Friday, February 5, 2010

Flashback Friday: Miriam Makeba

While watching a Jets game with my family a few weekends back, every few commercial breaks I was treated to a car commercial built around a catchy, unstoppably joyous, African-sounding pop song. As far as I could tell, however, the lyrics weren't in English, so my hopes of simply being able to ask the internet later that evening were temporarily dashed, until my dad noticed the commercial for the first time and conveniently declared, "Hey, that's Miriam Makeba!" In my memory, this was accompanied by some brief dancing, but it's possible that I added this to the mental image after the fact.

Turns out the song is called "Pata Pata" (and sung in Xhosa, if you're curious), and it was a fairly sizable hit when it was released in 1967. I challenge you to sit still while listening to it.

But there was an imperceivably melancholic element to the song's recording, which comes to light in the full view of Ms. Makeba's life and career.

Miriam Makeba grew up singing in South Africa and found great success there, but she was anxious to go to the West. Eventually getting the chance, she first traveled to Europe and then the U.S., where she was supported by and collaborated with Harry Belafonte. Spreading the musical heritage of her home country while simultaneously denouncing its practice of apartheid, she eventually gained the moniker "Mama Africa" and became as well known for her civil-rights activism as for her music. This resulted in her South African citizenship promptly being revoked; she was effectively exiled from her home country when she attempted to return for her mother's funeral in 1960, only a year after she had left.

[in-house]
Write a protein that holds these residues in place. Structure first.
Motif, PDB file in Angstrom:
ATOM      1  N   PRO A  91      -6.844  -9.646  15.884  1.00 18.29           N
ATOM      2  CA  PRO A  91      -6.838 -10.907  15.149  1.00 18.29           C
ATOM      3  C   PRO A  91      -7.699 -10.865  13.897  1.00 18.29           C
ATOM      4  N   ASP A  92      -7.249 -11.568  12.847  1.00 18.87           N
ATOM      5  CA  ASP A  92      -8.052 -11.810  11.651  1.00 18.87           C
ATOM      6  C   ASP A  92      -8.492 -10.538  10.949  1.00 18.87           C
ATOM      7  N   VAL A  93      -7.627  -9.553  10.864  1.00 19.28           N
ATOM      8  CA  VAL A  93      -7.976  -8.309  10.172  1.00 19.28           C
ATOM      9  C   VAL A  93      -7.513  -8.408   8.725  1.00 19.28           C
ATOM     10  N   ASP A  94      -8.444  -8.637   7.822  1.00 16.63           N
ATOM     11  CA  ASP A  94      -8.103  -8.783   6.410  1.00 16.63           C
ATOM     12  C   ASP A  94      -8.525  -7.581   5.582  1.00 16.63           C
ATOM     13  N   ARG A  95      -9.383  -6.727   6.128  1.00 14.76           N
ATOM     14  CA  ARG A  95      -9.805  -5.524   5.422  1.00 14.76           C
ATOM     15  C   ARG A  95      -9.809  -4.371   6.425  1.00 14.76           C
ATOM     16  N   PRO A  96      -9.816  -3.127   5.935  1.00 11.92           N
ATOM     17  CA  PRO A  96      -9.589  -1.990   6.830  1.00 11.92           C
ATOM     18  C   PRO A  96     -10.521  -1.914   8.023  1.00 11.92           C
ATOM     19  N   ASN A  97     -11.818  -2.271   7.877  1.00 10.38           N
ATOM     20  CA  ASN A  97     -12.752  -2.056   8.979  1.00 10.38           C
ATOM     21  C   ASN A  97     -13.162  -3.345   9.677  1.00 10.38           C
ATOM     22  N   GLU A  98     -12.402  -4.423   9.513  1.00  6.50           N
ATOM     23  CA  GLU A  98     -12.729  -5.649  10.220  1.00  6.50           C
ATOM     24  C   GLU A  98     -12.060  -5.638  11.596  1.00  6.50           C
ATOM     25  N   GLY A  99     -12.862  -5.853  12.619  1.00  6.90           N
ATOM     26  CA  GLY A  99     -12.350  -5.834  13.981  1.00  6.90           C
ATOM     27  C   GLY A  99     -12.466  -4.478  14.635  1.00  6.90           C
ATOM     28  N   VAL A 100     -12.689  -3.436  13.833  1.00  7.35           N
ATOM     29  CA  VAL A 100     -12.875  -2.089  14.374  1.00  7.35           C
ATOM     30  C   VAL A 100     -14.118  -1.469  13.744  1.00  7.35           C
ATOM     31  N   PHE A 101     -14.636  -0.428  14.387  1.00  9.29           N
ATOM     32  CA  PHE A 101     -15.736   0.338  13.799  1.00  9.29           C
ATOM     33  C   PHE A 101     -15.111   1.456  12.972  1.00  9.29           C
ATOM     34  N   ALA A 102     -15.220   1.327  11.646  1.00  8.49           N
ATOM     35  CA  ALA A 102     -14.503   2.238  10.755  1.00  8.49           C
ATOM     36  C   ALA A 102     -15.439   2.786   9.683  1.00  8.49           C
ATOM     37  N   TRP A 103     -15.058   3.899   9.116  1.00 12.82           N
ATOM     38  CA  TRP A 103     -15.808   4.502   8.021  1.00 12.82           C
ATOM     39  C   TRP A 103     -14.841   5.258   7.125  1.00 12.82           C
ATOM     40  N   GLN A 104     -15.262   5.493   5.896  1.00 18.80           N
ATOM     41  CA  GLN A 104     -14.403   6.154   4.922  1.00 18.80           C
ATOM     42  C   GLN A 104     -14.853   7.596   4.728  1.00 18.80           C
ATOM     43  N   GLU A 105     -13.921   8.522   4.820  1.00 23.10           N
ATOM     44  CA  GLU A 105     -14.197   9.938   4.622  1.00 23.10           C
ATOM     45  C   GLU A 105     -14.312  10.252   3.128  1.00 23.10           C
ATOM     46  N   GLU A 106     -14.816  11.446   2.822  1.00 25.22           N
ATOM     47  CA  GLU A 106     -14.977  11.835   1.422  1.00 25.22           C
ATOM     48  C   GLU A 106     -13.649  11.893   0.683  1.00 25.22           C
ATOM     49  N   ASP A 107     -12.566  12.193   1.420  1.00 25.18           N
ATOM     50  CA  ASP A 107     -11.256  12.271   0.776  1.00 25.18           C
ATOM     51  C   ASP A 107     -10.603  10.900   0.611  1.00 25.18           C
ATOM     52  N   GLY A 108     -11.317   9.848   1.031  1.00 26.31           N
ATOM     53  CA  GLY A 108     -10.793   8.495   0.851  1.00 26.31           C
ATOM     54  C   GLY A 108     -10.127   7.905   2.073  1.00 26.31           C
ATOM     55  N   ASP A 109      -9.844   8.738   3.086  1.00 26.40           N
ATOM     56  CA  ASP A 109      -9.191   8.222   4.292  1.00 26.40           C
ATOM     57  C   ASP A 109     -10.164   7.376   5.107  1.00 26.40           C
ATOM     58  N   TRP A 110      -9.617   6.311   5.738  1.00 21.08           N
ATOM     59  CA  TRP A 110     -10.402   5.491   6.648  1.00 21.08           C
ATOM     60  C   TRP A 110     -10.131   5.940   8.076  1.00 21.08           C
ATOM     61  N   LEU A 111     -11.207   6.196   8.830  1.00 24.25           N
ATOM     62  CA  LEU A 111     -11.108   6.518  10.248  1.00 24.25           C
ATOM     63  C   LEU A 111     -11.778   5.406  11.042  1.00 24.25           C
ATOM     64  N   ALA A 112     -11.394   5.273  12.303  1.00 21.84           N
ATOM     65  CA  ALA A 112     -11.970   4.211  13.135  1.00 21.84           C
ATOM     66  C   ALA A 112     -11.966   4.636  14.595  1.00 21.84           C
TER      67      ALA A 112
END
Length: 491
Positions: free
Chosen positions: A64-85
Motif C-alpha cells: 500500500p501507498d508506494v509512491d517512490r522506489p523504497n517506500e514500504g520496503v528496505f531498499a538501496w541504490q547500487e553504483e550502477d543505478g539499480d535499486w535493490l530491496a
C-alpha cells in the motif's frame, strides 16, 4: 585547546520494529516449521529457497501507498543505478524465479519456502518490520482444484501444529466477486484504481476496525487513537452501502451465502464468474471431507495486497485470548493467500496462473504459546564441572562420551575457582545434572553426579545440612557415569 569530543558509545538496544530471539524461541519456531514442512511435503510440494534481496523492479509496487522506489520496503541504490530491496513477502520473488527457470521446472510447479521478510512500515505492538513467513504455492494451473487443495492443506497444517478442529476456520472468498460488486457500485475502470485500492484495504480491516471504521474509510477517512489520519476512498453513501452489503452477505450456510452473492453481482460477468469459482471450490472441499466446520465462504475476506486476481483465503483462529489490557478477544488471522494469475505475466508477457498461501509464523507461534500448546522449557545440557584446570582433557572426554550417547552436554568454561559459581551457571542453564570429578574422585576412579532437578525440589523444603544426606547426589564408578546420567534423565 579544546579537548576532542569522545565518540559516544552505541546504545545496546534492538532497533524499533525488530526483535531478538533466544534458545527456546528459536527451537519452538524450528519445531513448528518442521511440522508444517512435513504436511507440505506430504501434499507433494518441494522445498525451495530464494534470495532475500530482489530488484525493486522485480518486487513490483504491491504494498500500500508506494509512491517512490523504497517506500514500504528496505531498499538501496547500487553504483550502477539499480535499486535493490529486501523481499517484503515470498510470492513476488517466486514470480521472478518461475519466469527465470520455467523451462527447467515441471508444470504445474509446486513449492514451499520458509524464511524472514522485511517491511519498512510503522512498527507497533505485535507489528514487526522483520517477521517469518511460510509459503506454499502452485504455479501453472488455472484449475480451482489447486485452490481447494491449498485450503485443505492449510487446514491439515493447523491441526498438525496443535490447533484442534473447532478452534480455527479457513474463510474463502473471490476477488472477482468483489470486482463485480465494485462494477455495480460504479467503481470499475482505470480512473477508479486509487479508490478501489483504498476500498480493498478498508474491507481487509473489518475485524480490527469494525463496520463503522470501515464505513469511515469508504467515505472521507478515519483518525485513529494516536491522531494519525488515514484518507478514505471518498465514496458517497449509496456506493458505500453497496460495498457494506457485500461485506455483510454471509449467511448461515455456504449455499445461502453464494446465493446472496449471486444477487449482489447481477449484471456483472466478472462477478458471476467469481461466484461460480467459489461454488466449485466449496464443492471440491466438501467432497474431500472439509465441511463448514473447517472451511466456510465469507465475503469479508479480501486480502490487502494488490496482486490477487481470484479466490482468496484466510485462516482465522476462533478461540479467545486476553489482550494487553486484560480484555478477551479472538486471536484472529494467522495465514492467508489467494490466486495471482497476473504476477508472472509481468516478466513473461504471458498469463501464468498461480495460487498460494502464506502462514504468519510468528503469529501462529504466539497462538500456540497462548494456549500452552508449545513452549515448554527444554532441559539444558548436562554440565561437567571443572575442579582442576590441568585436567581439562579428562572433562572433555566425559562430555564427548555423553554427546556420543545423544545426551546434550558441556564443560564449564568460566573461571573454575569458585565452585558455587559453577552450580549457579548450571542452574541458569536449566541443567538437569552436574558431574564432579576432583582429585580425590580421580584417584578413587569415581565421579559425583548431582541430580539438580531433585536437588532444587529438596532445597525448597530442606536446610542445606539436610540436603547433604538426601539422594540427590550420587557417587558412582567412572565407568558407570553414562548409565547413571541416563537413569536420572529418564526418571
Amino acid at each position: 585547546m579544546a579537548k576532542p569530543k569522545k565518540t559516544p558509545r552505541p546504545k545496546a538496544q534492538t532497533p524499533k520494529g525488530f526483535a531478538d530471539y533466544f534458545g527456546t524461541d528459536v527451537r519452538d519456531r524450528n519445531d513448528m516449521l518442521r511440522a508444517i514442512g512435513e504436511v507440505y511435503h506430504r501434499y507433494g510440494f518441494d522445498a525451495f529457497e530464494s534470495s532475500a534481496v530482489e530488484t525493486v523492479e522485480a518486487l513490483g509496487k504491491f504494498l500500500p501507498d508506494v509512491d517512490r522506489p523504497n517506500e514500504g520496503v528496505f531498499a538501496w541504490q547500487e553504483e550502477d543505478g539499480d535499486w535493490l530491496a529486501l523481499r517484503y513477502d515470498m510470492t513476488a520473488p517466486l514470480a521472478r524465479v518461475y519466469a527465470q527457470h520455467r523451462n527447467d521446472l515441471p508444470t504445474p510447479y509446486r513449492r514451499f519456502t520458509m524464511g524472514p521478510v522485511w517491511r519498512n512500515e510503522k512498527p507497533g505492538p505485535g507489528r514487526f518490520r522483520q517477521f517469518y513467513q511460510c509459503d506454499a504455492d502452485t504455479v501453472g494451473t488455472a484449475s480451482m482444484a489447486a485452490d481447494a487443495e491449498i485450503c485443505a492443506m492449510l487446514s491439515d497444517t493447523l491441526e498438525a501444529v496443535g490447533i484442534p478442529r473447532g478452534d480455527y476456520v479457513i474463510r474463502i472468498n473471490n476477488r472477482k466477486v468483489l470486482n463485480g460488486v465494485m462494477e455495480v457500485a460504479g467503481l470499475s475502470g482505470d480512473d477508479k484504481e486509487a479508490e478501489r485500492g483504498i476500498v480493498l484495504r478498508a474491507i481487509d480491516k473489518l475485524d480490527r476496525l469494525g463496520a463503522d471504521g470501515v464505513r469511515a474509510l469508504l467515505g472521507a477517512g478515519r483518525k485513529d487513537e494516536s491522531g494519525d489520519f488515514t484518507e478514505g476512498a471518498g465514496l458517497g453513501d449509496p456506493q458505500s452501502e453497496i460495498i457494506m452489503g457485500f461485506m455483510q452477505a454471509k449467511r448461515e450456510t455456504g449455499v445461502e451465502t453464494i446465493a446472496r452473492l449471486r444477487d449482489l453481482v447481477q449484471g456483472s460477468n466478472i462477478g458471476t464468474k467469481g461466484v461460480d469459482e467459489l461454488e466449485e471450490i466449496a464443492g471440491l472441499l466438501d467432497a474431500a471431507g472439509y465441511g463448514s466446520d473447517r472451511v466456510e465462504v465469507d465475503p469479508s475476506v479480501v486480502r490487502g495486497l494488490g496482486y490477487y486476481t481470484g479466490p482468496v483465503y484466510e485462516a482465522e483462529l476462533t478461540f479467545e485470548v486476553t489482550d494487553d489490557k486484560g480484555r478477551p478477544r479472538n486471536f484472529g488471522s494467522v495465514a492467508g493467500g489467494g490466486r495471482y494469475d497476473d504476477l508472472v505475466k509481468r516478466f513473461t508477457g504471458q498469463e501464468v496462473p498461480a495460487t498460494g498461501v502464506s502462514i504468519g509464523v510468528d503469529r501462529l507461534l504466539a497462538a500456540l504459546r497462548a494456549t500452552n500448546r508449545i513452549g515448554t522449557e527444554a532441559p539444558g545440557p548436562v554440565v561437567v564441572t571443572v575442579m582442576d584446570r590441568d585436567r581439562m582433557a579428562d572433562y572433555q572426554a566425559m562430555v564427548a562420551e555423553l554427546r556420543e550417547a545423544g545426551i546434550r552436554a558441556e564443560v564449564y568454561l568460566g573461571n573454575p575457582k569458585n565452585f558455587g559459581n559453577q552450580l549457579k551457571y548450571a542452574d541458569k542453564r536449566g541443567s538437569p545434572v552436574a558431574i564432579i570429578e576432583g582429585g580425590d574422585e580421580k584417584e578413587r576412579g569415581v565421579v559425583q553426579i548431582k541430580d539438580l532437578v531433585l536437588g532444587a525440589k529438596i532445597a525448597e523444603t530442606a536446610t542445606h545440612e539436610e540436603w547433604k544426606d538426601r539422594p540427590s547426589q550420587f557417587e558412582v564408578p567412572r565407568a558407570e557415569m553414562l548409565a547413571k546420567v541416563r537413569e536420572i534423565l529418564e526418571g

"Pata Pata" is a song about a traditional dance done "down Johannesburg way... Every Friday and Saturday night it's pata pata time!" she giddily exclaims during two brief English-language interludes. However, at the time she recorded the song, it was not clear that she would ever be able to return to her native country. As the New York Times pointed out, "It’s impossible to guess what she may have been thinking when she sang ["Pata Pata,"] in the full knowledge that she herself would not be welcome back in Johannesburg until a regime change."

(There are some other interesting circumstances surrounding the recording of "Pata Pata," but the rest of the story will have to wait until next Friday.)

Miriam Makeba eventually did return to South Africa, in 1990, at the behest of Nelson Mandela, who had frequently seen her perform in the days before his imprisonment. There she reunited with her only surviving sibling and visited her mother's grave for the first time.

If you'd like to delve further into Ms. Makeba's life and perspectives, she published an autobiography, Makeba: My Story, in 1988, while still in exile. It's unfortunately out of print but can be found used at and elsewhere.

(Thanks, Dad.)

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